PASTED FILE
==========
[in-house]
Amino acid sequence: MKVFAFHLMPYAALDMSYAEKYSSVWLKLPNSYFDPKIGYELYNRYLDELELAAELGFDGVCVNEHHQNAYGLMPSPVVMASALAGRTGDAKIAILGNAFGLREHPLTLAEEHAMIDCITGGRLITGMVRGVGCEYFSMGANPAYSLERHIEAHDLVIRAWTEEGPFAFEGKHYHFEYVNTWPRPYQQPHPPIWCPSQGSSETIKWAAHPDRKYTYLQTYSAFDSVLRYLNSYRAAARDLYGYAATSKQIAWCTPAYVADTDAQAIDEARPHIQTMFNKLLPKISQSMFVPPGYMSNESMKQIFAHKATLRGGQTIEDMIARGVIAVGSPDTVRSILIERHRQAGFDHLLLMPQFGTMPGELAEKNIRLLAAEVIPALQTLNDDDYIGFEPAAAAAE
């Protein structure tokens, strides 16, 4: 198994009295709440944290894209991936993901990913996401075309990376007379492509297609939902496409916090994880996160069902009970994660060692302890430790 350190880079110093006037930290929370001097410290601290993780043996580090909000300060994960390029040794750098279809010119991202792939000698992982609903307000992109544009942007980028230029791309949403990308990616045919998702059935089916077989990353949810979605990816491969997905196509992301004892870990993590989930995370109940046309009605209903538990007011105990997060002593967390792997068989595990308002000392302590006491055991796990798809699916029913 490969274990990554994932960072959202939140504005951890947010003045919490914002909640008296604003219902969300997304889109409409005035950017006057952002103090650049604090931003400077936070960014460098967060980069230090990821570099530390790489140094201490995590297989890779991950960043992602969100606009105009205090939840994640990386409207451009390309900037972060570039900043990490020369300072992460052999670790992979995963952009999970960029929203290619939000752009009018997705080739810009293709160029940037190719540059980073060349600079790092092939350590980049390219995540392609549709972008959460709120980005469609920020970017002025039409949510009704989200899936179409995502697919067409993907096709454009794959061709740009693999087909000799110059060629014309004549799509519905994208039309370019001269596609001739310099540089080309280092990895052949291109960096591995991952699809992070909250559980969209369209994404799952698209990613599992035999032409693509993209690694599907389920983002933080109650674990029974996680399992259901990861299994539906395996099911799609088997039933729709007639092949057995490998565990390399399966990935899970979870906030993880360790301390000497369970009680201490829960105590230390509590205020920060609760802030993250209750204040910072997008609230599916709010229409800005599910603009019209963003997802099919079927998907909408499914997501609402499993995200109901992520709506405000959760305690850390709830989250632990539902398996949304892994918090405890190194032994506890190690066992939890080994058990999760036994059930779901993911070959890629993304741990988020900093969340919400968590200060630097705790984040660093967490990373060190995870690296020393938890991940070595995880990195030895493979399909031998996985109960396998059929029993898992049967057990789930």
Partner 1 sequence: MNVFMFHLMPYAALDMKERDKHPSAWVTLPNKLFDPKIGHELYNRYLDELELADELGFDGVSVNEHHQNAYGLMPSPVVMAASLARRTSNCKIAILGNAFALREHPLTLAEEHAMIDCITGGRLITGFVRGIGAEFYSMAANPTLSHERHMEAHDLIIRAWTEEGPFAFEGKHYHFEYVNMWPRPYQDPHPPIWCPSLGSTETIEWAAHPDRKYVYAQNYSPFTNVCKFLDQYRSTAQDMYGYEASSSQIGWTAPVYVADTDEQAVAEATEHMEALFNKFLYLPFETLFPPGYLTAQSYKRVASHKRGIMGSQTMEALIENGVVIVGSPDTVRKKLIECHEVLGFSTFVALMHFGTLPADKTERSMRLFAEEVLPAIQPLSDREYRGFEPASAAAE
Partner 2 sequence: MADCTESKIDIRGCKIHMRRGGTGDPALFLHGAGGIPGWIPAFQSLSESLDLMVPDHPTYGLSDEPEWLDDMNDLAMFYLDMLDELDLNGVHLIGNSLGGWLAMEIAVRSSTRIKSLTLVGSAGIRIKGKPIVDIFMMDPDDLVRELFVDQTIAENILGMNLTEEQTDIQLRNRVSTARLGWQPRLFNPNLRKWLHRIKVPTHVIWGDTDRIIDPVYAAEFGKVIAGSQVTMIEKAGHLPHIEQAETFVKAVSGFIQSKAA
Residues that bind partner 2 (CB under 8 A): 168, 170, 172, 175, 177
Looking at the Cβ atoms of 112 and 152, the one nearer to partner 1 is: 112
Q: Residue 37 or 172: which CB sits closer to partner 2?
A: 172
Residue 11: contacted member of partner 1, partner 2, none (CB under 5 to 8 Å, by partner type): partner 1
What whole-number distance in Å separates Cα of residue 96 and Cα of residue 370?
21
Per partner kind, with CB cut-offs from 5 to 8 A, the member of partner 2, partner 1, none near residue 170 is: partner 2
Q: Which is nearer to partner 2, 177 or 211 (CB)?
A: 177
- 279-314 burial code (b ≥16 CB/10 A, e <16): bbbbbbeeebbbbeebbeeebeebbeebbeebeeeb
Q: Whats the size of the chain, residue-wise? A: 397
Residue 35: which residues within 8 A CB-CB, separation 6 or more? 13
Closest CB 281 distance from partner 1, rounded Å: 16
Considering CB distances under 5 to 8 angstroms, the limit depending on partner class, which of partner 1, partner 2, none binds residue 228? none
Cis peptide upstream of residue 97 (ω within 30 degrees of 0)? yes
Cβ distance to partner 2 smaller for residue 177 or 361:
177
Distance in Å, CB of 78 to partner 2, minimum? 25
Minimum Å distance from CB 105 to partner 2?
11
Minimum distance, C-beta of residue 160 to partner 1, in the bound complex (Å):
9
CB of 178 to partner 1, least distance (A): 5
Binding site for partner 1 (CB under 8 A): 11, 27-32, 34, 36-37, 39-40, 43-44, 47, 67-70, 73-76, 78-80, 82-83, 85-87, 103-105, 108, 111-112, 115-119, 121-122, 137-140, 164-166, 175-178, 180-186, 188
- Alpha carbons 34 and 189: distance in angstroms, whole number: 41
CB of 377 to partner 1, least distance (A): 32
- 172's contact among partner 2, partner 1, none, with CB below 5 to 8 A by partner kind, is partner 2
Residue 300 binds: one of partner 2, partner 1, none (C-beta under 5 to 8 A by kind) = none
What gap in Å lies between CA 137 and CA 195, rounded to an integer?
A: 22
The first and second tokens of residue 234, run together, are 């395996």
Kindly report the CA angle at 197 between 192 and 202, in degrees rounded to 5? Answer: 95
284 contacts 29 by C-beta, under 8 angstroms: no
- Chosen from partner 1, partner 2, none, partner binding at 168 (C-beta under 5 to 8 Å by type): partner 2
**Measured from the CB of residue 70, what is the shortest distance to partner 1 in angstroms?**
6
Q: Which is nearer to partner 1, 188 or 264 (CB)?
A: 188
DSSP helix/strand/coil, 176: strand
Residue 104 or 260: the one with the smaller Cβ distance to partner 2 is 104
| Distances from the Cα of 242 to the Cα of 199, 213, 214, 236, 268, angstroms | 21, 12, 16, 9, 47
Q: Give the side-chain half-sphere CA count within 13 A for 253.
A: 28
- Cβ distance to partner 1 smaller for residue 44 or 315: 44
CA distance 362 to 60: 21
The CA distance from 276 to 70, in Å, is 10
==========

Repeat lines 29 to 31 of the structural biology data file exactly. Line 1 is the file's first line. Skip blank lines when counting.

CB of 178 to partner 1, least distance (A): 5
Binding site for partner 1 (CB under 8 A): 11, 27-32, 34, 36-37, 39-40, 43-44, 47, 67-70, 73-76, 78-80, 82-83, 85-87, 103-105, 108, 111-112, 115-119, 121-122, 137-140, 164-166, 175-178, 180-186, 188
- Alpha carbons 34 and 189: distance in angstroms, whole number: 41